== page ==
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Novak Djokovic: Tennis star lands in Belgrade after losing Australia visa fight

Novak Djokovic looks as his documents after landing in Belgrade, Serbia, Monday, Jan. 17, 2022
Novak Djokovic looks as his documents after landing in Belgrade, Serbia, Monday, Jan. 17, 2022 Copyright Credit: AP
Copyright Credit: AP
By Euronews with AP
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The tennis world No 1's hopes of defending his Australian Open title and winning a record 21st Grand Slam came to an end as Novak Djokovic left Melbourne for Belgrade via Dubai.


Novak Djokovic has arrived in his native Serbia, having left Australia on Sunday after a local court dismissed his appeal against a deportation order because he is not vaccinated against COVID-19.

The ruling finally dashed the top-ranked tennis star’s hopes of playing at the Australian Open, to defend his title and bid for a record 21st Grand Slam.

Djokovic's plane carrying him from the United Arab Emirates landed in Belgrade after midday local time on Monday. Supporters were at the airport to greet him, some chanting and waving Serbian flags.

One fan, Mariana Maljenovic, said she was there to encourage him to "continue in his own style". "That is what makes him special and different, and the most wonderful person in the world," she said.

However, it seems the player managed largely to avoid the cameras and left the airport without seeking attention or making a statement.

The men's tennis world number one landed in Dubai earlier on Monday, after taking off from Melbourne on an Emirates flight to head for the same UAE city from which he had flown to Australia.

His choice of the Serbian capital has surprised some, given that his residence is in Monte Carlo and his family live there.

Residents of the Serbian capital sent warm messages to Djokovic on Monday. Djokovic has overwhelming support from his home country, whose president said Australia embarrassed itself. He has also been held up as a hero by some in the anti-vaccine movement.

Serbs rally around Djokovic

On Monday night, Djokovic was supposed to play Miomir Kecmanović, a Serbian ranked 78th, at Rod Laver Arena, the main stadium.

Instead, Kecmanović headed to a smaller arena to face 150th-ranked Salvatore Caruso of Italy, a so-called “lucky loser” — someone who loses in qualifying rounds but gets access to the main draw because someone else withdraws after the first day's schedule was released.

Kecmanović dedicated his 6-4, 6-2, 6-1 to his fellow Serb, saying Djokovic had been treated unjustly by politicians.

In Djokovic’s native Serbia, president Aleksandar Vučić described the court hearing at which the player lost his appeal as “a farce with a lot of lies”.

“They think that they humiliated Djokovic with this 10-day harassment, but they actually humiliated themselves. If you said that the person who was not vaccinated has no right to enter, Novak would not come or would get vaccinated," Vučić told reporters.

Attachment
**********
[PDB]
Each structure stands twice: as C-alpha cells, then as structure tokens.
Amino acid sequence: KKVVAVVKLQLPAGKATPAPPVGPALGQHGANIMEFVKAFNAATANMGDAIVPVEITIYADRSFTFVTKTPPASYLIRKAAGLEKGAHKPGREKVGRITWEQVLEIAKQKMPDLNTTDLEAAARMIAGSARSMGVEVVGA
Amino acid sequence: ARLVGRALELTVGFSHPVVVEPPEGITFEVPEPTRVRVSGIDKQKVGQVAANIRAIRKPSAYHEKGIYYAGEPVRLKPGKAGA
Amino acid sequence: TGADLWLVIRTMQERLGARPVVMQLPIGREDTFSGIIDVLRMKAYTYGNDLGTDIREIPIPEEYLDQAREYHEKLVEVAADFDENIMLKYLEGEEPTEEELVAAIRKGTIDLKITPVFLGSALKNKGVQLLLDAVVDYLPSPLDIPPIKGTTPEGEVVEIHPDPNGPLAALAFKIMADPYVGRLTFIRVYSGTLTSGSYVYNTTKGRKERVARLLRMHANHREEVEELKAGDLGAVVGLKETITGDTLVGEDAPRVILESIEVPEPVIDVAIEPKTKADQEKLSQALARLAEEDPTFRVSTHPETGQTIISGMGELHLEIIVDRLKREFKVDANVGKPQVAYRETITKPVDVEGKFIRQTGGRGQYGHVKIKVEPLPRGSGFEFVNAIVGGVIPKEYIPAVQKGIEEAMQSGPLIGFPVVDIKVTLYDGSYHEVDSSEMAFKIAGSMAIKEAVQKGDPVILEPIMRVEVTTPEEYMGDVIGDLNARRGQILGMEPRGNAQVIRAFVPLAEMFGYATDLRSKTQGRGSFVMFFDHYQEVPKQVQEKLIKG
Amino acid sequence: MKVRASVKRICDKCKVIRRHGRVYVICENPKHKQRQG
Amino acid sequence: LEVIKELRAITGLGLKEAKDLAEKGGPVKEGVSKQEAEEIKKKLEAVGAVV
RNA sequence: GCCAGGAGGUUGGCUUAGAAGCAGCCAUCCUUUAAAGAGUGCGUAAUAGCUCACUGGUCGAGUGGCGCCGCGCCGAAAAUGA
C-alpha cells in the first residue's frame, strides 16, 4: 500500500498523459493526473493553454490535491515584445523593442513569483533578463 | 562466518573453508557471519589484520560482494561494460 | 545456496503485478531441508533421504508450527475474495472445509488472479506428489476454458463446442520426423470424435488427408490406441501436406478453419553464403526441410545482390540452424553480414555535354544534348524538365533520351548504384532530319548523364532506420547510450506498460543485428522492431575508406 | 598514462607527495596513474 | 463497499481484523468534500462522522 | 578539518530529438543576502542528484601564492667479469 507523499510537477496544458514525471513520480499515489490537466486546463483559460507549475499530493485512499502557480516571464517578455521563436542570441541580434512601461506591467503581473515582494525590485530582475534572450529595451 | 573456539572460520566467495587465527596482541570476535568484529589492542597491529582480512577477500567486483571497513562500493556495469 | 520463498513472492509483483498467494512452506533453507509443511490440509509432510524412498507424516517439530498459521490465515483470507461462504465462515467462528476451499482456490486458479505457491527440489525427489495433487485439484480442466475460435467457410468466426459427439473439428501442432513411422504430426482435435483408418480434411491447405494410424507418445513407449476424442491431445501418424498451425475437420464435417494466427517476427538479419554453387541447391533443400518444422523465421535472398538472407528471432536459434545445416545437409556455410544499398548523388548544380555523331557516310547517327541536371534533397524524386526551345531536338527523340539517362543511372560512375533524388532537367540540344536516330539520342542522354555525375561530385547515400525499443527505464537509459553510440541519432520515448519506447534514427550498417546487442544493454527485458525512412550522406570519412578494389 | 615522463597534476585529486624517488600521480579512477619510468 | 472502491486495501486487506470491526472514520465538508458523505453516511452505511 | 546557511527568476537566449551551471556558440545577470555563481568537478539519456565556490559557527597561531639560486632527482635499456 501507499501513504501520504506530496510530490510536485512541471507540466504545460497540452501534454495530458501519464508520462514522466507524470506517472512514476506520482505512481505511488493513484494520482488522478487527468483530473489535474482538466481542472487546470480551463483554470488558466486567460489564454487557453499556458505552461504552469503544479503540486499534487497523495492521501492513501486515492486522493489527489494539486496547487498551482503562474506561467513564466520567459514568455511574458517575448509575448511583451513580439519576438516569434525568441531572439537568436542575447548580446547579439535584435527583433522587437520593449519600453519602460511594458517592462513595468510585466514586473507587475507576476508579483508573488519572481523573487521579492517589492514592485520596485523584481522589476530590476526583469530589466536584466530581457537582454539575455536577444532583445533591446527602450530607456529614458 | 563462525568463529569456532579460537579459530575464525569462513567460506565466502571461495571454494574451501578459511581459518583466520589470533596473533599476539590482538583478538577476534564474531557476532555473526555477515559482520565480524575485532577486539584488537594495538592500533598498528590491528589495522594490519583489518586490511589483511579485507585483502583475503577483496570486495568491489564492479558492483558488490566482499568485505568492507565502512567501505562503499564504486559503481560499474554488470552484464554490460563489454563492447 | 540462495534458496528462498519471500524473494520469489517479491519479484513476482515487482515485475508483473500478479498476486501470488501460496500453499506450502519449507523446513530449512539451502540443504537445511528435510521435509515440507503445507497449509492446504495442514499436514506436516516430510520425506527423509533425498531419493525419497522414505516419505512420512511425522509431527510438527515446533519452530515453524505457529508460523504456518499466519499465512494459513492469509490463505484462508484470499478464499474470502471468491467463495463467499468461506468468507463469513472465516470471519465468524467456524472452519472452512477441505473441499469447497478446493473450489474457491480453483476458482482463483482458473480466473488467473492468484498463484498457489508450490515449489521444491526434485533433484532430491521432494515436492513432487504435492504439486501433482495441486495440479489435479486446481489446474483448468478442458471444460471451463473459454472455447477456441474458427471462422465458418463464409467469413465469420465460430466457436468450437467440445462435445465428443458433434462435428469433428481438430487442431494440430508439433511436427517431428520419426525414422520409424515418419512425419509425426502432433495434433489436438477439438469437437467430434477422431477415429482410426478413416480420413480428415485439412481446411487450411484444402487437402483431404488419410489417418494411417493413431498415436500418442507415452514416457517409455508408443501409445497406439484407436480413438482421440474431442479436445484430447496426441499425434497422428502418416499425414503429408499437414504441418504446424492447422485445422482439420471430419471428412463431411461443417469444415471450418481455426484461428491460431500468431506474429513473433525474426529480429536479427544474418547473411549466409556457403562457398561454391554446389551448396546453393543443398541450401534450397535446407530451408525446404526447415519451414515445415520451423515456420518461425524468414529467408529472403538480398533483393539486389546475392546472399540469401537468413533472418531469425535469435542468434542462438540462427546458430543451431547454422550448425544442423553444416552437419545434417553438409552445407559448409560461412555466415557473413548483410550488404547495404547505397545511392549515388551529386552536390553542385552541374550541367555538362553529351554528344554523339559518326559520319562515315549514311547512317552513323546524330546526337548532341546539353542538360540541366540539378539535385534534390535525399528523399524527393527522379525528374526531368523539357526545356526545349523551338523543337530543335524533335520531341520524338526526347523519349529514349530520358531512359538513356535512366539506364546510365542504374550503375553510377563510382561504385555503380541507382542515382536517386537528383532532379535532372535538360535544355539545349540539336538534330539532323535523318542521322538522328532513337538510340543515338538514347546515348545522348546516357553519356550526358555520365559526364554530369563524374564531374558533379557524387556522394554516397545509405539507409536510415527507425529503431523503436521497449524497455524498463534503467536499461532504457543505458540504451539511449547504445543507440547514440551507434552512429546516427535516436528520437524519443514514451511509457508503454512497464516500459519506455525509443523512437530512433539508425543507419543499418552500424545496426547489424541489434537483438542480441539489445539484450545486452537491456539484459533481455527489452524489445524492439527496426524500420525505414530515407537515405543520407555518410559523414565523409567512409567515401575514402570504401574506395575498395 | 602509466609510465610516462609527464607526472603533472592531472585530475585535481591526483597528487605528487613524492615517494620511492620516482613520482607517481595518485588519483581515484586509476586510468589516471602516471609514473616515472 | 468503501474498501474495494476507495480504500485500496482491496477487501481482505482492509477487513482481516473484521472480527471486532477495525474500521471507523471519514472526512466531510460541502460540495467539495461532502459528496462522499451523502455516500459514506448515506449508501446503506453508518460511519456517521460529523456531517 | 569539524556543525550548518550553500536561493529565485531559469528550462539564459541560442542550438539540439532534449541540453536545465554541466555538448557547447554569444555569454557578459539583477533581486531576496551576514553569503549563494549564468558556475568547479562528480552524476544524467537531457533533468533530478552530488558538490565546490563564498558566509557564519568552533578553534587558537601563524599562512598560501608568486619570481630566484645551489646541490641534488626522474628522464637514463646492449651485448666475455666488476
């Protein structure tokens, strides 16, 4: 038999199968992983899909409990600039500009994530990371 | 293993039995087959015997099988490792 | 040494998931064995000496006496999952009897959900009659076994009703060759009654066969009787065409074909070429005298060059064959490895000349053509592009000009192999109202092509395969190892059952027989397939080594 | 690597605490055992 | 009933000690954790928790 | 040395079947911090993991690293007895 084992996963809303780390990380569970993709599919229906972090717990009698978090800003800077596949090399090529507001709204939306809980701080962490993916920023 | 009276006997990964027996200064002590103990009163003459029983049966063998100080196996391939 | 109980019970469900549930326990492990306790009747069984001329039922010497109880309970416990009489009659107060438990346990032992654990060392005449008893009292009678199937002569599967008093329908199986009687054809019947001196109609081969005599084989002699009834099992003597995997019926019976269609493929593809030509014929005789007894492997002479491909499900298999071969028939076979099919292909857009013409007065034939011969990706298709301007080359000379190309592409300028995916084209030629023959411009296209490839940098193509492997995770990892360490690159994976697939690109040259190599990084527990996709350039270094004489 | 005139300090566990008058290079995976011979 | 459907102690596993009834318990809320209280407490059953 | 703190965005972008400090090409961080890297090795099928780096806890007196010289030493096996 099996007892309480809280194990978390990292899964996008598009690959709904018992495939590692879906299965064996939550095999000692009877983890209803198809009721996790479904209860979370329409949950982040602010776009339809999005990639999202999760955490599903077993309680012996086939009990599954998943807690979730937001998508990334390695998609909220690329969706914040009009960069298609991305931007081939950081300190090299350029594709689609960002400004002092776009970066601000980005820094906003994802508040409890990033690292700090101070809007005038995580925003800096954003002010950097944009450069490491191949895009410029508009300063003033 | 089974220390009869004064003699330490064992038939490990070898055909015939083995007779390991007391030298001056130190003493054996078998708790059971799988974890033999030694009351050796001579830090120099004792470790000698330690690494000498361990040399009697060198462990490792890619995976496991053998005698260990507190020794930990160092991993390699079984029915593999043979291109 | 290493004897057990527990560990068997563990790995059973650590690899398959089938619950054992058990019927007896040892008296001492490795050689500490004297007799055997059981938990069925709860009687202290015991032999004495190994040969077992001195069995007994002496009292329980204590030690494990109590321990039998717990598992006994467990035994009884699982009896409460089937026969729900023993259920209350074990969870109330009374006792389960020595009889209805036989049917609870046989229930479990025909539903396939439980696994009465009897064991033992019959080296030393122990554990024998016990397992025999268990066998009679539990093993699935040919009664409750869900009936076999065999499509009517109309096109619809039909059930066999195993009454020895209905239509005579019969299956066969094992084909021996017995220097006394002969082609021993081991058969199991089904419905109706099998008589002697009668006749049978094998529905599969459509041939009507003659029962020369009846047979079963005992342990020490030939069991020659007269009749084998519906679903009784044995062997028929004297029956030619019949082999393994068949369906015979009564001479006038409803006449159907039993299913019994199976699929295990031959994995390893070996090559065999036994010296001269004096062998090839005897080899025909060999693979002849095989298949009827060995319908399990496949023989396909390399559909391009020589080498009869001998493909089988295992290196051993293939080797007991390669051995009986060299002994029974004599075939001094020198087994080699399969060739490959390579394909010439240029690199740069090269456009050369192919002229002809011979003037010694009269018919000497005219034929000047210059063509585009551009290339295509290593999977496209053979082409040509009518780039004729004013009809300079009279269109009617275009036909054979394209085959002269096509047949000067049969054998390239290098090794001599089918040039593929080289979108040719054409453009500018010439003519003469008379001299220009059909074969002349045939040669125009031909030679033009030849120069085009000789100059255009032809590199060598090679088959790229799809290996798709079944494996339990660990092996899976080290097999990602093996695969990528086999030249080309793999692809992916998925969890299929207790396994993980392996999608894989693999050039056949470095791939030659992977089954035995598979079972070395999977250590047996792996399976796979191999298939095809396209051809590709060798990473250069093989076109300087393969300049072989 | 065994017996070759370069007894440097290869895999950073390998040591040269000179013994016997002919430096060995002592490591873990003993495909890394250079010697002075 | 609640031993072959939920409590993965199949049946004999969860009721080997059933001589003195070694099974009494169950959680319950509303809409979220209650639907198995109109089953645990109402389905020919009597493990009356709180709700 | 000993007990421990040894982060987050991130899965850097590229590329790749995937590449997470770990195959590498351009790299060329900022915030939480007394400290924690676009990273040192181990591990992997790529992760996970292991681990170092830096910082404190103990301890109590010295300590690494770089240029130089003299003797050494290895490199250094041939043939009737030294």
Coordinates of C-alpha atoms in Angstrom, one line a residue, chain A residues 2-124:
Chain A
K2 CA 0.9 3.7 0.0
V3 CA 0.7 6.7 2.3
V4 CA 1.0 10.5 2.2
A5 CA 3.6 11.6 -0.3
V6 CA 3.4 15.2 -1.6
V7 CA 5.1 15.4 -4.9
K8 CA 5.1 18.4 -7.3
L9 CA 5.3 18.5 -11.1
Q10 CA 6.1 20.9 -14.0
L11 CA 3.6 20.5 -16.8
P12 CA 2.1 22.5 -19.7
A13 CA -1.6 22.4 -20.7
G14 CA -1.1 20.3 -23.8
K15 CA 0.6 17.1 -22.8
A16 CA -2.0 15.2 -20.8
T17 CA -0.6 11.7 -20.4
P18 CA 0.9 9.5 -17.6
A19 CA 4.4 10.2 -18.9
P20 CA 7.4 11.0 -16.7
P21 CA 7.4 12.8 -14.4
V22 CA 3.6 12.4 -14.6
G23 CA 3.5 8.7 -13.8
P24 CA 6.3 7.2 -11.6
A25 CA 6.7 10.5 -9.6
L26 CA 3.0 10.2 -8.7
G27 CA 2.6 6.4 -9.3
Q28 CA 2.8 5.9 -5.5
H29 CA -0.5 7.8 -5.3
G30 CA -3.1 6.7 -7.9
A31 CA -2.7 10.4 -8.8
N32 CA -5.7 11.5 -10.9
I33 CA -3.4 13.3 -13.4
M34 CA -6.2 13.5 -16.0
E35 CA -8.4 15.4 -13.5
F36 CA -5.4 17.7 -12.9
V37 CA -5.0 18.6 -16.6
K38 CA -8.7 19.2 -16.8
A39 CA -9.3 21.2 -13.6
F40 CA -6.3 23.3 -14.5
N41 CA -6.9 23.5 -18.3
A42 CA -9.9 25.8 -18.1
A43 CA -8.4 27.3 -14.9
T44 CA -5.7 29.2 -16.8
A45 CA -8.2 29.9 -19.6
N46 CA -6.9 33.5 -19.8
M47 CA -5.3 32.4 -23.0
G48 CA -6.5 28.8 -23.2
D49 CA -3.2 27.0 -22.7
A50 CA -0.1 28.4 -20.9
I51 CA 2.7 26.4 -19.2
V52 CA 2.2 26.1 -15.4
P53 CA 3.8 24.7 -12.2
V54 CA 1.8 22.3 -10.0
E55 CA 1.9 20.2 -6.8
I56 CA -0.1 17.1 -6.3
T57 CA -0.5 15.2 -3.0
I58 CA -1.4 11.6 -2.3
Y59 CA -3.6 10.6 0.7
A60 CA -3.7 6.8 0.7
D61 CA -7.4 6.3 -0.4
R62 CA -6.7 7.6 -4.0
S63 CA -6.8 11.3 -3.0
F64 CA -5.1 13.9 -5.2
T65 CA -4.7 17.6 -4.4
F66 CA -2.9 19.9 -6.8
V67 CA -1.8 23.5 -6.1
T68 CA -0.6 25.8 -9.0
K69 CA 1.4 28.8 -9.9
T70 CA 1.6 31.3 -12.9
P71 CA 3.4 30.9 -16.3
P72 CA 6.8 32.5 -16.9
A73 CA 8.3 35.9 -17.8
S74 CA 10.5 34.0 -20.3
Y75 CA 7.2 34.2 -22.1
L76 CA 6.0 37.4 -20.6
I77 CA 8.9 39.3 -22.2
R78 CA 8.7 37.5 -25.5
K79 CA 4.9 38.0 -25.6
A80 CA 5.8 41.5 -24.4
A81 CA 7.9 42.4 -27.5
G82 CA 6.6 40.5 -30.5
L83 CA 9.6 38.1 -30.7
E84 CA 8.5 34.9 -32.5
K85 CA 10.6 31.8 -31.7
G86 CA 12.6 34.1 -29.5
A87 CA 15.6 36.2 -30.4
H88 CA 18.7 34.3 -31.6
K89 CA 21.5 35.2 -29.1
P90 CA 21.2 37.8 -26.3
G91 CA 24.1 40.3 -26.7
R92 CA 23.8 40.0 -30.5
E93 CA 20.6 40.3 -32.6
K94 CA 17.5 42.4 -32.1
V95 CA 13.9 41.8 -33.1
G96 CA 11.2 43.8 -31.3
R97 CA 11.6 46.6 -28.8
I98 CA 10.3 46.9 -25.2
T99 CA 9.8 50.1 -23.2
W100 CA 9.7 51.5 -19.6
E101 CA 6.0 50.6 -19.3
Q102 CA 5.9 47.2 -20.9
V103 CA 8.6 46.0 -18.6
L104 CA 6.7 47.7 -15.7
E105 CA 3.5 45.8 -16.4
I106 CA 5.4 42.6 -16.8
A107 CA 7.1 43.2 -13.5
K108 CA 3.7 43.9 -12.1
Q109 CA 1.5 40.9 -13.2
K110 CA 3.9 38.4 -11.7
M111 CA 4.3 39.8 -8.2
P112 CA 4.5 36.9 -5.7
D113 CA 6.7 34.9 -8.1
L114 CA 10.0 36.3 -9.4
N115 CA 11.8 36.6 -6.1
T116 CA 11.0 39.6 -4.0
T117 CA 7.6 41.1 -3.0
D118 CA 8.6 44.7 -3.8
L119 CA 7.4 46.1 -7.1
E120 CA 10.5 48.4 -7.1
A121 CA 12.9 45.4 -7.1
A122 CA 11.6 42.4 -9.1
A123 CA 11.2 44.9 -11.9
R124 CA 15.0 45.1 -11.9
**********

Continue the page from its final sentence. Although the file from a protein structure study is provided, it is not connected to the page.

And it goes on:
He said he told Djokovic "that we can’t wait to see him in Serbia, to return to his country, to come where he is always welcome.” He did not say whether Djokovic discussed whether he would first go to Serbia following his deportation.

Djokovic 'deeply disappointed'

Three Federal Court judges upheld a decision made on Friday by the immigration minister Alex Hawke to cancel the 34-year-old Serb’s visa on public interest grounds.

The judges dismissed the claims by Djokovic’s defence that the rationale for the cancellation was “invalid” and “illogical”.

A deportation order usually also includes a three-year ban on returning to Australia.

This also marks an end to the world tennis No. 1's attempt to defend his Australian Open title and win a record 21st Grand Slam title.


In a brief statement after the verdict, Djokovic stated he was “deeply disappointed”, but also vowed to cooperate with the authorities.

“I will take some time to get some rest and recuperate before making further comments,” Djokovic said.

Hawke cancelled the visa on the grounds that Djokovic’s presence in Australia may represent a risk to the health and “good order” of the Australian public and could be counterproductive to efforts at vaccination by others in Australia.

Prime minister Scott Morrison welcomed what he described as the “decision to keep our borders strong and keep Australians safe”.

The national federation that runs the tournament, Tennis Australia, said it respects the decision of the Federal Court. “We look forward to a competitive and exciting Australian Open 2022 and wish all players the best of luck,” it said in a statement.


Djokovic’s visa was initially cancelled on 6 January at Melbourne’s airport hours after he arrived to compete in the first Grand Slam of 2022.

A border official cancelled his visa after deciding Djokovic did not qualify for a medical exemption from Australia’s rules for unvaccinated visitors.

Focus is now shifting onto his participation in other major tournaments — not least the French Open at Roland Garros in the spring, after the French health minister suggested professional athletes will have to be vaccinated or recently recovered from COVID to take part in competitions in France.

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